Book Reviews

How Not to Sin (Lovestrong 3) by Susan Hawke

Genre Gay / Bisexual / Contemporary / Romance
Reviewed by ParisDude on 15-May-2020

Book Blurb

One regular guy who happens to be a preacher…  

Reverend Dr. Gabe Samson doesn’t think he’s better than any of the people in his church, so please don’t put him on a pedestal. While he’s never hidden the fact that he identifies as bisexual, he’s never acted on it either. Gabe isn’t happy to learn that the sole reason he was hired to pastor the LGBT-friendly church was that the ruling elders wanted a safe poster child for inclusivity—in other words, they wanted the rainbow flag without letting it fly.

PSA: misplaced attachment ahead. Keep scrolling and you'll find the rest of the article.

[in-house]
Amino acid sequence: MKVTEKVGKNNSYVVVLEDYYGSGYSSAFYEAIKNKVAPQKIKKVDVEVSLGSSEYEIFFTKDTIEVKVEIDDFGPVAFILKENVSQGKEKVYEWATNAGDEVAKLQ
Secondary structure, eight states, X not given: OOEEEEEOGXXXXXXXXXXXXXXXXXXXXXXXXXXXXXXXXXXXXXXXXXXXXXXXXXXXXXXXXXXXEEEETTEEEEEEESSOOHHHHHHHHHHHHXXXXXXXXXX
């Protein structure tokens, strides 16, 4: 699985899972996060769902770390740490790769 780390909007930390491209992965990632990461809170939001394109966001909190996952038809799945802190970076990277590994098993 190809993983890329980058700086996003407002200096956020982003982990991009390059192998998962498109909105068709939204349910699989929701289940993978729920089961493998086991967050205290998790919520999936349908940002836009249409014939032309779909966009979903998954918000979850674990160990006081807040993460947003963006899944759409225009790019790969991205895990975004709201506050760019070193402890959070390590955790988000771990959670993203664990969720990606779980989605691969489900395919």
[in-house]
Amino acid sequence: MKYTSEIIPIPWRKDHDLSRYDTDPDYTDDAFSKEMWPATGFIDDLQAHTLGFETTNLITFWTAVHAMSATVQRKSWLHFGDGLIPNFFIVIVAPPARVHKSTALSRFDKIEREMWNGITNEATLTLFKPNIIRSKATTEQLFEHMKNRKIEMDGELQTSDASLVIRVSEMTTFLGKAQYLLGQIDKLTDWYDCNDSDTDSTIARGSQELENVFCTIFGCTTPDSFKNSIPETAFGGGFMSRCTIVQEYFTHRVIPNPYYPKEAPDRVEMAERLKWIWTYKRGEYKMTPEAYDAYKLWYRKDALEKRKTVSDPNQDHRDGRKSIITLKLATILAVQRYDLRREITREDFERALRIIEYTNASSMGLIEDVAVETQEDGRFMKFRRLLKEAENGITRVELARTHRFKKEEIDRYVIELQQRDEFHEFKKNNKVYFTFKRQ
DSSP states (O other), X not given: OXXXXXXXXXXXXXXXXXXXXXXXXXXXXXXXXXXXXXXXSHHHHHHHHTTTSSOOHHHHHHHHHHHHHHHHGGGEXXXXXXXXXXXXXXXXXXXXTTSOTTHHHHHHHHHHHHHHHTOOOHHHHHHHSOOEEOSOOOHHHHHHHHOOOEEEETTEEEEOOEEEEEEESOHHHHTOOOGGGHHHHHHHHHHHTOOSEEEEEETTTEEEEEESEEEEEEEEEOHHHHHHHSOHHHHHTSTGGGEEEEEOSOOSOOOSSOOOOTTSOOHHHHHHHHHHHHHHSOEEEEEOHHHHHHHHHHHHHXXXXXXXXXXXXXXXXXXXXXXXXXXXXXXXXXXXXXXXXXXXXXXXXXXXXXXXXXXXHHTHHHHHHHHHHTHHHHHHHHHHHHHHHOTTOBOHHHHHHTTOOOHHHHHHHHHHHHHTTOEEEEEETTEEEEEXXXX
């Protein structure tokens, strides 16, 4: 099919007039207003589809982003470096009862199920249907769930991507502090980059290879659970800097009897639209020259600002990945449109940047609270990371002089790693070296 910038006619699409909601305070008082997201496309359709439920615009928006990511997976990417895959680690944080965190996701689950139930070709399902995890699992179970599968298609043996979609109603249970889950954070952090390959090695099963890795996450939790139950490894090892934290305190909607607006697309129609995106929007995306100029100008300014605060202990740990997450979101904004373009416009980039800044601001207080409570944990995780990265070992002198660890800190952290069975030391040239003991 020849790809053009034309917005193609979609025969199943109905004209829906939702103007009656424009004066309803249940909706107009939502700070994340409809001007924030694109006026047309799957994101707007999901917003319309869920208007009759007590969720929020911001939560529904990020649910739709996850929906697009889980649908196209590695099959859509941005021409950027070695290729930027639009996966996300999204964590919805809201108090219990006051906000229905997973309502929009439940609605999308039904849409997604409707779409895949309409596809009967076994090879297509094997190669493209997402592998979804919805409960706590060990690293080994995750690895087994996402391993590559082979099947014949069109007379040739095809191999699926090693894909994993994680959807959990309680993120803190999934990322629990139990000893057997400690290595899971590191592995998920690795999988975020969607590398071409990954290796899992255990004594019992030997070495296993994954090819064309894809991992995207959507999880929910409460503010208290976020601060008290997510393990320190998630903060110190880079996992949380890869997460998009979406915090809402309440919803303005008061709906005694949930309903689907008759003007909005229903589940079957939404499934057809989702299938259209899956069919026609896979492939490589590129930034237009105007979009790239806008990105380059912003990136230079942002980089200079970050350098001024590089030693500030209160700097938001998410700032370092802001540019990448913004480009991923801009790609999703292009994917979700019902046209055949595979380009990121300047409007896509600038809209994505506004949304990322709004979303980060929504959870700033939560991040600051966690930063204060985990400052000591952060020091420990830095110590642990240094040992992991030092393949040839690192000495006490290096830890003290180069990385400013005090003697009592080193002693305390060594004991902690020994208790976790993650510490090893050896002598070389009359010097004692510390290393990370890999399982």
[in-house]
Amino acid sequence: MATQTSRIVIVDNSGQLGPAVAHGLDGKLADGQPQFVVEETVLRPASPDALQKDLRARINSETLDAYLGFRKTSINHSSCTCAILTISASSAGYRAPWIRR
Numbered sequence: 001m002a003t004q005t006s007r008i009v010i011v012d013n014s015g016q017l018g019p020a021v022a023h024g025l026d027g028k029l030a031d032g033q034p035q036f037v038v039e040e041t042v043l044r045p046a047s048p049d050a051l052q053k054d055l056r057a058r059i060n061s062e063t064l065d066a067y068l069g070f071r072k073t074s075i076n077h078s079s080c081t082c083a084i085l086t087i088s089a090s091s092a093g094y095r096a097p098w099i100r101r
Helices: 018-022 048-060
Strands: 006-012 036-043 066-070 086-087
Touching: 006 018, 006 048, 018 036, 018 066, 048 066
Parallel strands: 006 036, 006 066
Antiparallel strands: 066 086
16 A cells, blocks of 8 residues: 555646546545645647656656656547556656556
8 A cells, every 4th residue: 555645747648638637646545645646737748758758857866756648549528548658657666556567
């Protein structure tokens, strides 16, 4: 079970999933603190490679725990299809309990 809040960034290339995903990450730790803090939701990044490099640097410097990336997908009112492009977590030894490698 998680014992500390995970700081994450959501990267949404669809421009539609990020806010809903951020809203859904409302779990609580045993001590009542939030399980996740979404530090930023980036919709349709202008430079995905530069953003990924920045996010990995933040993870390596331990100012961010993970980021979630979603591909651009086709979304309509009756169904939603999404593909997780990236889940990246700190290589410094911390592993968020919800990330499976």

Plus one easygoing, new age kinda guy…

Seth Thomas owns Holistic Healing, a metaphysical shop and yoga studio. He’s never really been a relationship kinda guy, but only because he hasn’t met the right man yet. Seth is laid back and goes with the flow. When fate drops a hot preacher in his lap, why wouldn’t he accept the gift?

Equals a pair of men who click from the start. 

The two men find it almost too easy to get together, especially Gabe, who is fully embracing his bi side for the first time. Nothing in life is simple though. While Gabe and Seth are busy falling in love, they face an anti-gay hate group, a divided church, and a ruling elder who is hell-bent on sowing discord. Between Gabe’s patient wisdom and Seth’s snark, the pair fight the growing drama with the strongest weapons in their arsenal: love and humor.

Book Review